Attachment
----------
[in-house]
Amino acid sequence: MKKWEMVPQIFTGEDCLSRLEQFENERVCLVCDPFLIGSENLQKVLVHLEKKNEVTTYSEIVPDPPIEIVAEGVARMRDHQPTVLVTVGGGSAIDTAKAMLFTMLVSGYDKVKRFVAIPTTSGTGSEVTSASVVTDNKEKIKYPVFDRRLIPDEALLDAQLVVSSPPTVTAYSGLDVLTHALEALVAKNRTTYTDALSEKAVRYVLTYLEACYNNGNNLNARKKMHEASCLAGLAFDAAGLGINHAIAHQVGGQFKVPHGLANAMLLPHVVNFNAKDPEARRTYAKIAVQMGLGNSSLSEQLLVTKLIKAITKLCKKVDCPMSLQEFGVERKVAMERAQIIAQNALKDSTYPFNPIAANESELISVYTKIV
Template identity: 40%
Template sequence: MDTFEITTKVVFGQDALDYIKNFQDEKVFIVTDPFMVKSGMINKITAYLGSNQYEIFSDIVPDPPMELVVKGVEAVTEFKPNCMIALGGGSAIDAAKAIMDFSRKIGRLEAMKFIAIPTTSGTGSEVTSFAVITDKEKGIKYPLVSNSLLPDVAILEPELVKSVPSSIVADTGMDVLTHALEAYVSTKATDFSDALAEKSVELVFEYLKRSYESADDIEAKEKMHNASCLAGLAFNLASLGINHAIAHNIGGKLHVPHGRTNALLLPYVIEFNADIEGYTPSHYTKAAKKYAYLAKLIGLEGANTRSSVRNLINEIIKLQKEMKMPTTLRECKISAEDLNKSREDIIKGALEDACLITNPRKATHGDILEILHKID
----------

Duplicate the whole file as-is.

[in-house]
Amino acid sequence: MKKWEMVPQIFTGEDCLSRLEQFENERVCLVCDPFLIGSENLQKVLVHLEKKNEVTTYSEIVPDPPIEIVAEGVARMRDHQPTVLVTVGGGSAIDTAKAMLFTMLVSGYDKVKRFVAIPTTSGTGSEVTSASVVTDNKEKIKYPVFDRRLIPDEALLDAQLVVSSPPTVTAYSGLDVLTHALEALVAKNRTTYTDALSEKAVRYVLTYLEACYNNGNNLNARKKMHEASCLAGLAFDAAGLGINHAIAHQVGGQFKVPHGLANAMLLPHVVNFNAKDPEARRTYAKIAVQMGLGNSSLSEQLLVTKLIKAITKLCKKVDCPMSLQEFGVERKVAMERAQIIAQNALKDSTYPFNPIAANESELISVYTKIV
Template identity: 40%
Template sequence: MDTFEITTKVVFGQDALDYIKNFQDEKVFIVTDPFMVKSGMINKITAYLGSNQYEIFSDIVPDPPMELVVKGVEAVTEFKPNCMIALGGGSAIDAAKAIMDFSRKIGRLEAMKFIAIPTTSGTGSEVTSFAVITDKEKGIKYPLVSNSLLPDVAILEPELVKSVPSSIVADTGMDVLTHALEAYVSTKATDFSDALAEKSVELVFEYLKRSYESADDIEAKEKMHNASCLAGLAFNLASLGINHAIAHNIGGKLHVPHGRTNALLLPYVIEFNADIEGYTPSHYTKAAKKYAYLAKLIGLEGANTRSSVRNLINEIIKLQKEMKMPTTLRECKISAEDLNKSREDIIKGALEDACLITNPRKATHGDILEILHKID